Randy thought it was OK.
Simon thought it was forgettable.
“September Morn”- I thought this song started out much better than the first one. The little bit of inflection in his voice made all of the difference. I liked it much better. It seems a little late in the competition for the judges to start criticizing him for being unoriginal and singing ‘safe’ songs, but they did.
Randy thought dogged him pretty on both songs. It may have been the harshest that I’ve ever heard someone told that they sang OK.
Simon thought they were both forgettable, among other harsh words.
David Cook:
“I’m Alive”- Once again he sings a song that sounds like something you would hear on the radio. Usually when a contestant sings a song that is not as well known, I think it is a mistake. However, when David does this it just seems as if he is preparing another hit to be released from his next album.
Randy thought it was very good and very strong.
Simon thought it was just above average.
“All I Really Need is You”- This was just another great performance, and the things I said about the first song go double for this one.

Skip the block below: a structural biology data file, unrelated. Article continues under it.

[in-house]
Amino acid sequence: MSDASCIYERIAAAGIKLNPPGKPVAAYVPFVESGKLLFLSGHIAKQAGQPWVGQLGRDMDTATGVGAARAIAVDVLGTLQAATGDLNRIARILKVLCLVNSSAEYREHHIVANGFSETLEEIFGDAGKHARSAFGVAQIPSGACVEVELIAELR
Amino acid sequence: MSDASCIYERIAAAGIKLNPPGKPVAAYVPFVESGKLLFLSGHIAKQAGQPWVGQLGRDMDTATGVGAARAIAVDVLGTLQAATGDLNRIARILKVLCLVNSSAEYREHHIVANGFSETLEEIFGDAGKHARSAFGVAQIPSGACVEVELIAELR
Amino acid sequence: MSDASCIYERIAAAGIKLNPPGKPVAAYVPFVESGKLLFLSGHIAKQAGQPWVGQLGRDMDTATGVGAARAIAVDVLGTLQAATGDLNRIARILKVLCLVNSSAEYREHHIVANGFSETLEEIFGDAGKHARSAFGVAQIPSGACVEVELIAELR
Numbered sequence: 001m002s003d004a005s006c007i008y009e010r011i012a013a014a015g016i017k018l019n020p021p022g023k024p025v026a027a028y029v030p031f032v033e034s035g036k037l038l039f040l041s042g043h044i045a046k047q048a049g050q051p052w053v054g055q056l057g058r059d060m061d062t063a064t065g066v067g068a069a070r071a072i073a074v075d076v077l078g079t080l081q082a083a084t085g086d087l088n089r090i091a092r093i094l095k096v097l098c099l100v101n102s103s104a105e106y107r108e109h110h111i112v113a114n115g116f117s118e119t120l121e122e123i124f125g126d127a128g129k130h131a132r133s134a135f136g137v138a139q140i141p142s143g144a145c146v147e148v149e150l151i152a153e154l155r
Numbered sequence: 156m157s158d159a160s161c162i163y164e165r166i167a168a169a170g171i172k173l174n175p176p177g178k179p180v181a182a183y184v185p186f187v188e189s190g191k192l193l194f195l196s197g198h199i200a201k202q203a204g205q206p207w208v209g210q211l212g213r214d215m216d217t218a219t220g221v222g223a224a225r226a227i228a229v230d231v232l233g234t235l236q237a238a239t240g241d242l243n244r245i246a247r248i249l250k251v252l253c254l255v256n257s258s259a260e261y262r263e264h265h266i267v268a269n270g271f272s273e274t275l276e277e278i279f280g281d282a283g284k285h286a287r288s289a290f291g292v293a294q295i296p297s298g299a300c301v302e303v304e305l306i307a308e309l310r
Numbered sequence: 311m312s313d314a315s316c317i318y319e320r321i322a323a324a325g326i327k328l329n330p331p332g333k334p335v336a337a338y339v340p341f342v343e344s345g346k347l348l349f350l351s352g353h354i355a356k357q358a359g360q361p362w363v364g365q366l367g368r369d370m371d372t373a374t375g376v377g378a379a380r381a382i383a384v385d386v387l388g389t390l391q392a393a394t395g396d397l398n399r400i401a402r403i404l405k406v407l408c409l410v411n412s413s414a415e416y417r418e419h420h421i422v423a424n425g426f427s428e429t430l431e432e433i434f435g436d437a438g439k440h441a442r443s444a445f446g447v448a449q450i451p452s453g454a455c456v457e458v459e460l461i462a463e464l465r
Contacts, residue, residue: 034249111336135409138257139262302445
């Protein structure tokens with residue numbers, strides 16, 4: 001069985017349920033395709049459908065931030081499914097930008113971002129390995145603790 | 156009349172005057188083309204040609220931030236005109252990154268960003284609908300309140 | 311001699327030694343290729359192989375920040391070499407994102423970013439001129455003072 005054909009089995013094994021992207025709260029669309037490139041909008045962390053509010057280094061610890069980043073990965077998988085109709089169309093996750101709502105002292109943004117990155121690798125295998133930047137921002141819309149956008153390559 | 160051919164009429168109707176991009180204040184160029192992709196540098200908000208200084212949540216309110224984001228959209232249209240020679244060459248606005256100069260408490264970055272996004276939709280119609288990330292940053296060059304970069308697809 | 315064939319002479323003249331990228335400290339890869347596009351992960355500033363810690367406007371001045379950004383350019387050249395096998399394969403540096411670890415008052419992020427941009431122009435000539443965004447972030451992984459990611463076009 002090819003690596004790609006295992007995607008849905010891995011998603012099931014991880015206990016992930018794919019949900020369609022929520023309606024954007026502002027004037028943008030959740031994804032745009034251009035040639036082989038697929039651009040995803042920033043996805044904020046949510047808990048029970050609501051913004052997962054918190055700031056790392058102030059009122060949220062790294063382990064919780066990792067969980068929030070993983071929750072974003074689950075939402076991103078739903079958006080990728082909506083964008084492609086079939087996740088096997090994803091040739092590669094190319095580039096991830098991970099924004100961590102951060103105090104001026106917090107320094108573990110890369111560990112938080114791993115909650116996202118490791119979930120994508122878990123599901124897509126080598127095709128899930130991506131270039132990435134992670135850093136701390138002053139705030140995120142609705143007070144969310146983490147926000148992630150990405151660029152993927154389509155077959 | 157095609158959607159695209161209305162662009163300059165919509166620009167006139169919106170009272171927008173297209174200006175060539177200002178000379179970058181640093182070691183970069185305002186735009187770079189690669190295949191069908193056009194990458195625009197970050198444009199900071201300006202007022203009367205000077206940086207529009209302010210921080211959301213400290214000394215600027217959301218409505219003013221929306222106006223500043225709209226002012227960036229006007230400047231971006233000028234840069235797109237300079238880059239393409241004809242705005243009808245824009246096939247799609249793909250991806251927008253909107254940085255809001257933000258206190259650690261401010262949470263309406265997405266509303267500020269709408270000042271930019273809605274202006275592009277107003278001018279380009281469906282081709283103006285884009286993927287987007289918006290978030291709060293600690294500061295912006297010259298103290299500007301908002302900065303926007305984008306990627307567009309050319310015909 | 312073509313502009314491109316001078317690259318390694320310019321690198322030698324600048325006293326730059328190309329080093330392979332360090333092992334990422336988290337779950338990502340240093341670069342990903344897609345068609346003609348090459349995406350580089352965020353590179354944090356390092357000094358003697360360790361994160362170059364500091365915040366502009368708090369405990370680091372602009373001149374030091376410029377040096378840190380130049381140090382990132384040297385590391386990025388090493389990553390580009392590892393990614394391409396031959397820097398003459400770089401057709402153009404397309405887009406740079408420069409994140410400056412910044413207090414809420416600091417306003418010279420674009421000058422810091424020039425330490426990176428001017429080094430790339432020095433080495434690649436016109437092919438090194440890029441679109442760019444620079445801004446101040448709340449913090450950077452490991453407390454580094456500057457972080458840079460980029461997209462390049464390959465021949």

Randy thought he rocked the house with this one.
Simon thought this song was brilliant, and that he actually made the song seem contemporary.
Brooke White:
“I’m a Believer” This song was too low for her in the verses, but beyond that it was just awful. This was one of the worst vocals of the season by any contestant.
Randy thought Brook was better than last week, but a little karaoke.
Simon correctly thought it was a nightmare.
“I am I Said”- This song started much better than the first one. I think she could have gone a little more country with it and would have even been better. Still, it was her best performance in weeks and may be what keeps her around for another week (assuming that her fan-base would not have voted for her if she had done as bad as she did on the first song). It’s better to be strong on the last performance.